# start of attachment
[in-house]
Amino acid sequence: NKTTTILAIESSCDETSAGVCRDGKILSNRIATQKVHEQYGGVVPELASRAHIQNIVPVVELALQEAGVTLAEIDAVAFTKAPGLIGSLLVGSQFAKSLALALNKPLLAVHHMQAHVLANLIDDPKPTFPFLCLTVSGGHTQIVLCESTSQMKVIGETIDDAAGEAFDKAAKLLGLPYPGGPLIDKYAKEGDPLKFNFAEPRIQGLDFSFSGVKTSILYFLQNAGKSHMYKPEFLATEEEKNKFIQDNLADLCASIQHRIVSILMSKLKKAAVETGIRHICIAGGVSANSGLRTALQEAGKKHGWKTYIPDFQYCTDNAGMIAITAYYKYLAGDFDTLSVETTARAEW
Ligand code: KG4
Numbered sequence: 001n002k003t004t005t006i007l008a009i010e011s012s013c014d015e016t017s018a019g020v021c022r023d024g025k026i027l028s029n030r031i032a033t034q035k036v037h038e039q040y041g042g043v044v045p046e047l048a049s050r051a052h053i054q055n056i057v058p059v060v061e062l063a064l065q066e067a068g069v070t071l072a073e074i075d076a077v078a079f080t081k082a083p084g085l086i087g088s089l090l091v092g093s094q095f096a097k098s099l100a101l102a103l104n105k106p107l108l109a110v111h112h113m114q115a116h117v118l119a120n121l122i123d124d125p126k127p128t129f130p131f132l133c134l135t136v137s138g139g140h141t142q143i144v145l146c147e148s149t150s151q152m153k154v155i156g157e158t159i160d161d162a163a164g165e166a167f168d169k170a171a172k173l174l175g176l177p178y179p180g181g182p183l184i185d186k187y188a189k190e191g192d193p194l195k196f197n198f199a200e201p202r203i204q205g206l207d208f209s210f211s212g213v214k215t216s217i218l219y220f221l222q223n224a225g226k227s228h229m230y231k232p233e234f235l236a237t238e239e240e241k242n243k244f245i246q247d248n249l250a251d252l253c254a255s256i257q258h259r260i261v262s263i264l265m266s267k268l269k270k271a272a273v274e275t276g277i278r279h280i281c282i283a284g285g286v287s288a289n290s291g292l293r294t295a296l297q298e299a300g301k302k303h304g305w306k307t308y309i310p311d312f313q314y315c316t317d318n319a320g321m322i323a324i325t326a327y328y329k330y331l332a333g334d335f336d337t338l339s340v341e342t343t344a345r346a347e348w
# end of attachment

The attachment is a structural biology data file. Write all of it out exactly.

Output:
[in-house]
Amino acid sequence: NKTTTILAIESSCDETSAGVCRDGKILSNRIATQKVHEQYGGVVPELASRAHIQNIVPVVELALQEAGVTLAEIDAVAFTKAPGLIGSLLVGSQFAKSLALALNKPLLAVHHMQAHVLANLIDDPKPTFPFLCLTVSGGHTQIVLCESTSQMKVIGETIDDAAGEAFDKAAKLLGLPYPGGPLIDKYAKEGDPLKFNFAEPRIQGLDFSFSGVKTSILYFLQNAGKSHMYKPEFLATEEEKNKFIQDNLADLCASIQHRIVSILMSKLKKAAVETGIRHICIAGGVSANSGLRTALQEAGKKHGWKTYIPDFQYCTDNAGMIAITAYYKYLAGDFDTLSVETTARAEW
Ligand code: KG4
Numbered sequence: 001n002k003t004t005t006i007l008a009i010e011s012s013c014d015e016t017s018a019g020v021c022r023d024g025k026i027l028s029n030r031i032a033t034q035k036v037h038e039q040y041g042g043v044v045p046e047l048a049s050r051a052h053i054q055n056i057v058p059v060v061e062l063a064l065q066e067a068g069v070t071l072a073e074i075d076a077v078a079f080t081k082a083p084g085l086i087g088s089l090l091v092g093s094q095f096a097k098s099l100a101l102a103l104n105k106p107l108l109a110v111h112h113m114q115a116h117v118l119a120n121l122i123d124d125p126k127p128t129f130p131f132l133c134l135t136v137s138g139g140h141t142q143i144v145l146c147e148s149t150s151q152m153k154v155i156g157e158t159i160d161d162a163a164g165e166a167f168d169k170a171a172k173l174l175g176l177p178y179p180g181g182p183l184i185d186k187y188a189k190e191g192d193p194l195k196f197n198f199a200e201p202r203i204q205g206l207d208f209s210f211s212g213v214k215t216s217i218l219y220f221l222q223n224a225g226k227s228h229m230y231k232p233e234f235l236a237t238e239e240e241k242n243k244f245i246q247d248n249l250a251d252l253c254a255s256i257q258h259r260i261v262s263i264l265m266s267k268l269k270k271a272a273v274e275t276g277i278r279h280i281c282i283a284g285g286v287s288a289n290s291g292l293r294t295a296l297q298e299a300g301k302k303h304g305w306k307t308y309i310p311d312f313q314y315c316t317d318n319a320g321m322i323a324i325t326a327y328y329k330y331l332a333g334d335f336d337t338l339s340v341e342t343t344a345r346a347e348w